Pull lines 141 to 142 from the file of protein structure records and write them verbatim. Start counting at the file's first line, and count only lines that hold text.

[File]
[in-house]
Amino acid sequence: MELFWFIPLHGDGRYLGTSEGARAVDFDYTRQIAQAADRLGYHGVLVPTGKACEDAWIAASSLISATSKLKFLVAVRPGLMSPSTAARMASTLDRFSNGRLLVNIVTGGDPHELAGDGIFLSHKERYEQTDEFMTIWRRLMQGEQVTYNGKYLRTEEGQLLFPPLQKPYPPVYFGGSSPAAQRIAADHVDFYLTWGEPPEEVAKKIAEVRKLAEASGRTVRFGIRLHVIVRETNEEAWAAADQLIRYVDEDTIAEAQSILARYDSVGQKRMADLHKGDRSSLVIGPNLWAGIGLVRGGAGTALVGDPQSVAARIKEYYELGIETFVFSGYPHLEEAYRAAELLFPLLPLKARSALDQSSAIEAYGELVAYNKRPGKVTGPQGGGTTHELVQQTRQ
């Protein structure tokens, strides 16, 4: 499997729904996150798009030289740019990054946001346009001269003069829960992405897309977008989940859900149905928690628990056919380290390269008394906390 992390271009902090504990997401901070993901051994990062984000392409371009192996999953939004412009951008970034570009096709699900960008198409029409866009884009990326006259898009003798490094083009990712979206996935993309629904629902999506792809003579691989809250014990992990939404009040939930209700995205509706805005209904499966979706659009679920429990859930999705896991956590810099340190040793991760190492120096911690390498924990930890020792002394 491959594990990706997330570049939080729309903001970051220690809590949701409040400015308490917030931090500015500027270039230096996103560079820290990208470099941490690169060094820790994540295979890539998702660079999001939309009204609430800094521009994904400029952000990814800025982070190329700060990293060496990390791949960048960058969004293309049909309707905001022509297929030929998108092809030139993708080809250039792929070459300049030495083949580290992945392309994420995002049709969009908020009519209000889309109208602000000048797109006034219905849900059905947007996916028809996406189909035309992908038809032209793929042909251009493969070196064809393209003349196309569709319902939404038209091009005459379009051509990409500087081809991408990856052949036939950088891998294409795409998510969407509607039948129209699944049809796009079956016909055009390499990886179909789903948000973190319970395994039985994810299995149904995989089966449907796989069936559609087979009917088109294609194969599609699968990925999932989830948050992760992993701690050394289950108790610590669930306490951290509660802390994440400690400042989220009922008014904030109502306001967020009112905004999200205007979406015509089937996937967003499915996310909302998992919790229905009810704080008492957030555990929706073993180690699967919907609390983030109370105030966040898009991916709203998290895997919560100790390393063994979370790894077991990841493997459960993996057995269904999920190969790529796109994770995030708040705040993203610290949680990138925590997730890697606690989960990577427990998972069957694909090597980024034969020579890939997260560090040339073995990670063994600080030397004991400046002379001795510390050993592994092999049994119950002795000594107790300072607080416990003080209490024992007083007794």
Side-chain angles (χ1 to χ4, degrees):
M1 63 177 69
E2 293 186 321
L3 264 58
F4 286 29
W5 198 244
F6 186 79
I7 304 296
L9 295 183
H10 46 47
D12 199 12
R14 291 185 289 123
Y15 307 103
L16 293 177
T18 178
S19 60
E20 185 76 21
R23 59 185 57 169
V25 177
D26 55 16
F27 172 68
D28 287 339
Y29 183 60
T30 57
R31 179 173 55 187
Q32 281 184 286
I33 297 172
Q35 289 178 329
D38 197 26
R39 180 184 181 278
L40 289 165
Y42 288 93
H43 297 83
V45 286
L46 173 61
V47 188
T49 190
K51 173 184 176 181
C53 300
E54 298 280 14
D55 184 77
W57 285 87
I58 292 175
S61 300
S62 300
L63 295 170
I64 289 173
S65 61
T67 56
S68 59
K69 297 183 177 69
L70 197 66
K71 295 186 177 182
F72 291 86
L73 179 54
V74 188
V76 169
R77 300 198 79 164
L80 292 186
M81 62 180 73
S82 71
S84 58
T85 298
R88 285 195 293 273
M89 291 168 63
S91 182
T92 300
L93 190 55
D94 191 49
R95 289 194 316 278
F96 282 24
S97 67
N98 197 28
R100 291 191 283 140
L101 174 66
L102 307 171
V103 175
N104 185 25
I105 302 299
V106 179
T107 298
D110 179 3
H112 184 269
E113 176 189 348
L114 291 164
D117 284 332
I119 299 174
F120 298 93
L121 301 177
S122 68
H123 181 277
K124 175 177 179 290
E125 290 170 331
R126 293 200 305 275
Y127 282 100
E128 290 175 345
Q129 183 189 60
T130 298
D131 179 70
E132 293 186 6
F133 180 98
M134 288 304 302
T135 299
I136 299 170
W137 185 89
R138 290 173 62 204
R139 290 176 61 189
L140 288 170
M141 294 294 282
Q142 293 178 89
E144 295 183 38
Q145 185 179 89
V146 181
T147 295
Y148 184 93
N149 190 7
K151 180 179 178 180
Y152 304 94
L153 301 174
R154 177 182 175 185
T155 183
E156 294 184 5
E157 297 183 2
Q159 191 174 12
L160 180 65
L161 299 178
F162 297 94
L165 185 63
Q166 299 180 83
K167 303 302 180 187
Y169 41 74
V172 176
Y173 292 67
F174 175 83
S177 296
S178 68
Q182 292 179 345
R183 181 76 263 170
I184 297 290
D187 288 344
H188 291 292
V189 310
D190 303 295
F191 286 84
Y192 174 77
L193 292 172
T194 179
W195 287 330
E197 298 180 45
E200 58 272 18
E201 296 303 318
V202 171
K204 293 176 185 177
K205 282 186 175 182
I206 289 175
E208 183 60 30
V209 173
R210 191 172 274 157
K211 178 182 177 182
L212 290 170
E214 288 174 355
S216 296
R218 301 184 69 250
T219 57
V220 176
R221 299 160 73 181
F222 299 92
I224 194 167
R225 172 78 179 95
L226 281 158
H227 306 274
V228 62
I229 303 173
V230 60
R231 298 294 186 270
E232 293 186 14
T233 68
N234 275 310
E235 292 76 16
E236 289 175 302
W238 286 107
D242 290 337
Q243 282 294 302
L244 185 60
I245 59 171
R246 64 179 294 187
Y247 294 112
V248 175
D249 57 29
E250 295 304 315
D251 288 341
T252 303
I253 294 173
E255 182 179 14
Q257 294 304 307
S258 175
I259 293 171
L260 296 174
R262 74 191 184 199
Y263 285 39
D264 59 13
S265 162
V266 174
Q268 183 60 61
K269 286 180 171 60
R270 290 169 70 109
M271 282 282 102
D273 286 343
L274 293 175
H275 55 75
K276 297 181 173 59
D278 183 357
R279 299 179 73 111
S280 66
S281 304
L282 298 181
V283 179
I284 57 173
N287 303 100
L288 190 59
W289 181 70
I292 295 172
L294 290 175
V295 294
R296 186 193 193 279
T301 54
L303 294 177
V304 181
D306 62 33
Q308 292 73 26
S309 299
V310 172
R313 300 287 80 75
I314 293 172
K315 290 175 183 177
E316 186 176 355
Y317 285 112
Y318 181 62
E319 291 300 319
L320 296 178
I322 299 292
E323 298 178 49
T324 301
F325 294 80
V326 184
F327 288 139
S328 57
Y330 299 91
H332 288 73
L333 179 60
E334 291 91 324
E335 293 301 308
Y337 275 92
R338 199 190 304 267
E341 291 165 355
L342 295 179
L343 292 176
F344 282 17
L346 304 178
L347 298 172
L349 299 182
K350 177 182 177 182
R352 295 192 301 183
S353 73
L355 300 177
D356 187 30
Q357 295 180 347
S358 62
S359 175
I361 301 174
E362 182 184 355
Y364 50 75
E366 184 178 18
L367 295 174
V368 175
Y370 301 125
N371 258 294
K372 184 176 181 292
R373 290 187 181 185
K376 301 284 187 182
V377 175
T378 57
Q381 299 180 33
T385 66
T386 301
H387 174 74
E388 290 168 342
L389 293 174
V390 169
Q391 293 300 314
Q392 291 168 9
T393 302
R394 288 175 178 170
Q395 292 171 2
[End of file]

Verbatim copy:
R183 181 76 263 170
I184 297 290